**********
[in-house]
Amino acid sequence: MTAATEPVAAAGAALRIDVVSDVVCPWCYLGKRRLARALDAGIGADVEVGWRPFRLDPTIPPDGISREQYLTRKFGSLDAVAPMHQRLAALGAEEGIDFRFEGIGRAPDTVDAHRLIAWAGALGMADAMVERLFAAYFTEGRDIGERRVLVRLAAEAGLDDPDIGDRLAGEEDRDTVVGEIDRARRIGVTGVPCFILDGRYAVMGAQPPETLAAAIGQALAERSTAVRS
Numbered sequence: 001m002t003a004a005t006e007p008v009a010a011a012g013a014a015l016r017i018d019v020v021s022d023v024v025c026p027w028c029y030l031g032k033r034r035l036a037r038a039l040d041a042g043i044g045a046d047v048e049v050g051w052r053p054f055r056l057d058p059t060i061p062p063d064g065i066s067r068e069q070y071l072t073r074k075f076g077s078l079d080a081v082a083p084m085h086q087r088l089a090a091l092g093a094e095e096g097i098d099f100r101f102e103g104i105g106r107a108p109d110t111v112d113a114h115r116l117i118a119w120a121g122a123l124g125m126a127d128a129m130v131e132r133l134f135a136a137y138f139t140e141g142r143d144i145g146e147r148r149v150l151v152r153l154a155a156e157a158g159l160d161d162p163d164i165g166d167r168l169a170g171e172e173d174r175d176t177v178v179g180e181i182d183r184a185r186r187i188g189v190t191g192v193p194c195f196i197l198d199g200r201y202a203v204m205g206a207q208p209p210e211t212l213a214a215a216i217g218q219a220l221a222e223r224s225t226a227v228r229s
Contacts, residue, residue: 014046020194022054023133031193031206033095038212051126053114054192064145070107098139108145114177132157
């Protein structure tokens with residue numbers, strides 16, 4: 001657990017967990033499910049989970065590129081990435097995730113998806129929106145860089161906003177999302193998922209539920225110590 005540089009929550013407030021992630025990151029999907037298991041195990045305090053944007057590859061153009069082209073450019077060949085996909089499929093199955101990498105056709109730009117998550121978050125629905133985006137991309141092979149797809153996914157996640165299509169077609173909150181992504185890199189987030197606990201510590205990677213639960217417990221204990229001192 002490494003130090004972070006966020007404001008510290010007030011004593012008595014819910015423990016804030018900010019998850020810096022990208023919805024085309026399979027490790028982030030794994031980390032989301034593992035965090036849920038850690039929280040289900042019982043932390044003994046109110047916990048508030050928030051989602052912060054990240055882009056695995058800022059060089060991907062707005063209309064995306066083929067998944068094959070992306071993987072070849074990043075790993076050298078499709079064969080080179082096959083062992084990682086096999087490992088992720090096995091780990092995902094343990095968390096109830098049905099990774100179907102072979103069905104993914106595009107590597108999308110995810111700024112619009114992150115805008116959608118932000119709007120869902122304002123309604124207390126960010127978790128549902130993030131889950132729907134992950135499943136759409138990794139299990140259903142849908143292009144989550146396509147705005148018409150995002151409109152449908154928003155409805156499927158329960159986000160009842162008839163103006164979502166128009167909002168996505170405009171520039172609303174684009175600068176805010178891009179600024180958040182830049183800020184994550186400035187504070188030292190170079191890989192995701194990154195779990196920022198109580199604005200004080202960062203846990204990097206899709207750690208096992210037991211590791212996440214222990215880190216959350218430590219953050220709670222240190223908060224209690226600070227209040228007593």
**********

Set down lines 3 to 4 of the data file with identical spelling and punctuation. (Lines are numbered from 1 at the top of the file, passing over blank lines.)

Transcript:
Numbered sequence: 001m002t003a004a005t006e007p008v009a010a011a012g013a014a015l016r017i018d019v020v021s022d023v024v025c026p027w028c029y030l031g032k033r034r035l036a037r038a039l040d041a042g043i044g045a046d047v048e049v050g051w052r053p054f055r056l057d058p059t060i061p062p063d064g065i066s067r068e069q070y071l072t073r074k075f076g077s078l079d080a081v082a083p084m085h086q087r088l089a090a091l092g093a094e095e096g097i098d099f100r101f102e103g104i105g106r107a108p109d110t111v112d113a114h115r116l117i118a119w120a121g122a123l124g125m126a127d128a129m130v131e132r133l134f135a136a137y138f139t140e141g142r143d144i145g146e147r148r149v150l151v152r153l154a155a156e157a158g159l160d161d162p163d164i165g166d167r168l169a170g171e172e173d174r175d176t177v178v179g180e181i182d183r184a185r186r187i188g189v190t191g192v193p194c195f196i197l198d199g200r201y202a203v204m205g206a207q208p209p210e211t212l213a214a215a216i217g218q219a220l221a222e223r224s225t226a227v228r229s
Contacts, residue, residue: 014046020194022054023133031193031206033095038212051126053114054192064145070107098139108145114177132157